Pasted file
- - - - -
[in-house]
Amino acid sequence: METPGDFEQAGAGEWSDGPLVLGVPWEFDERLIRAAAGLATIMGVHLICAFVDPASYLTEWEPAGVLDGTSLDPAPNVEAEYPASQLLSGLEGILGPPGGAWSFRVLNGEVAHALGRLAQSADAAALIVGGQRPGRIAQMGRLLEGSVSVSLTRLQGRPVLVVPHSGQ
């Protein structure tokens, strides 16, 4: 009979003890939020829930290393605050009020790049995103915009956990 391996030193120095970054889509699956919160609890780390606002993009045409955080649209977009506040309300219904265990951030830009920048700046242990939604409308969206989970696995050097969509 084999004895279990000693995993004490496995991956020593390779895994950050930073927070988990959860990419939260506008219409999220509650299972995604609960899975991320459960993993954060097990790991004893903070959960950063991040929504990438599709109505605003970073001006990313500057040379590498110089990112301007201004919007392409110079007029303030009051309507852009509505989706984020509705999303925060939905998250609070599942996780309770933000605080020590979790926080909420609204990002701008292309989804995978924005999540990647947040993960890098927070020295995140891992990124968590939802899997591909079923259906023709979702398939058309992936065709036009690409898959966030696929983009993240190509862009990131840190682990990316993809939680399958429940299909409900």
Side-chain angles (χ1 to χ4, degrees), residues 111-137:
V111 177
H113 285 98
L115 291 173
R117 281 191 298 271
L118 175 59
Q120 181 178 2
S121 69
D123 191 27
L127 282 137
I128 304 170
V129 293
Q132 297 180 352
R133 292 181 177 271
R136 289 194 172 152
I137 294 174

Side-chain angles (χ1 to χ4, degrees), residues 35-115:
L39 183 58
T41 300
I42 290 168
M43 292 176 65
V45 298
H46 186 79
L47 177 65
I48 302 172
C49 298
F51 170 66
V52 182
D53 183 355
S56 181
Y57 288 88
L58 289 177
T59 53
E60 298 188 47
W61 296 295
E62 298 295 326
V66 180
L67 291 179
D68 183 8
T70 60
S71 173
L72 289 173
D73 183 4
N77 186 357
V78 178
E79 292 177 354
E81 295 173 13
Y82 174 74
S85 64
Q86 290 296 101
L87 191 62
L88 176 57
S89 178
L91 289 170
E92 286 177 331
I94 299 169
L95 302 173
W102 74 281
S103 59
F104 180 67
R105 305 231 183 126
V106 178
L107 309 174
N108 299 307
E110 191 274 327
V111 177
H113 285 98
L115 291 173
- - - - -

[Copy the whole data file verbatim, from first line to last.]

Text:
[in-house]
Amino acid sequence: METPGDFEQAGAGEWSDGPLVLGVPWEFDERLIRAAAGLATIMGVHLICAFVDPASYLTEWEPAGVLDGTSLDPAPNVEAEYPASQLLSGLEGILGPPGGAWSFRVLNGEVAHALGRLAQSADAAALIVGGQRPGRIAQMGRLLEGSVSVSLTRLQGRPVLVVPHSGQ
């Protein structure tokens, strides 16, 4: 009979003890939020829930290393605050009020790049995103915009956990 391996030193120095970054889509699956919160609890780390606002993009045409955080649209977009506040309300219904265990951030830009920048700046242990939604409308969206989970696995050097969509 084999004895279990000693995993004490496995991956020593390779895994950050930073927070988990959860990419939260506008219409999220509650299972995604609960899975991320459960993993954060097990790991004893903070959960950063991040929504990438599709109505605003970073001006990313500057040379590498110089990112301007201004919007392409110079007029303030009051309507852009509505989706984020509705999303925060939905998250609070599942996780309770933000605080020590979790926080909420609204990002701008292309989804995978924005999540990647947040993960890098927070020295995140891992990124968590939802899997591909079923259906023709979702398939058309992936065709036009690409898959966030696929983009993240190509862009990131840190682990990316993809939680399958429940299909409900």
Side-chain angles (χ1 to χ4, degrees), residues 111-137:
V111 177
H113 285 98
L115 291 173
R117 281 191 298 271
L118 175 59
Q120 181 178 2
S121 69
D123 191 27
L127 282 137
I128 304 170
V129 293
Q132 297 180 352
R133 292 181 177 271
R136 289 194 172 152
I137 294 174

Side-chain angles (χ1 to χ4, degrees), residues 35-115:
L39 183 58
T41 300
I42 290 168
M43 292 176 65
V45 298
H46 186 79
L47 177 65
I48 302 172
C49 298
F51 170 66
V52 182
D53 183 355
S56 181
Y57 288 88
L58 289 177
T59 53
E60 298 188 47
W61 296 295
E62 298 295 326
V66 180
L67 291 179
D68 183 8
T70 60
S71 173
L72 289 173
D73 183 4
N77 186 357
V78 178
E79 292 177 354
E81 295 173 13
Y82 174 74
S85 64
Q86 290 296 101
L87 191 62
L88 176 57
S89 178
L91 289 170
E92 286 177 331
I94 299 169
L95 302 173
W102 74 281
S103 59
F104 180 67
R105 305 231 183 126
V106 178
L107 309 174
N108 299 307
E110 191 274 327
V111 177
H113 285 98
L115 291 173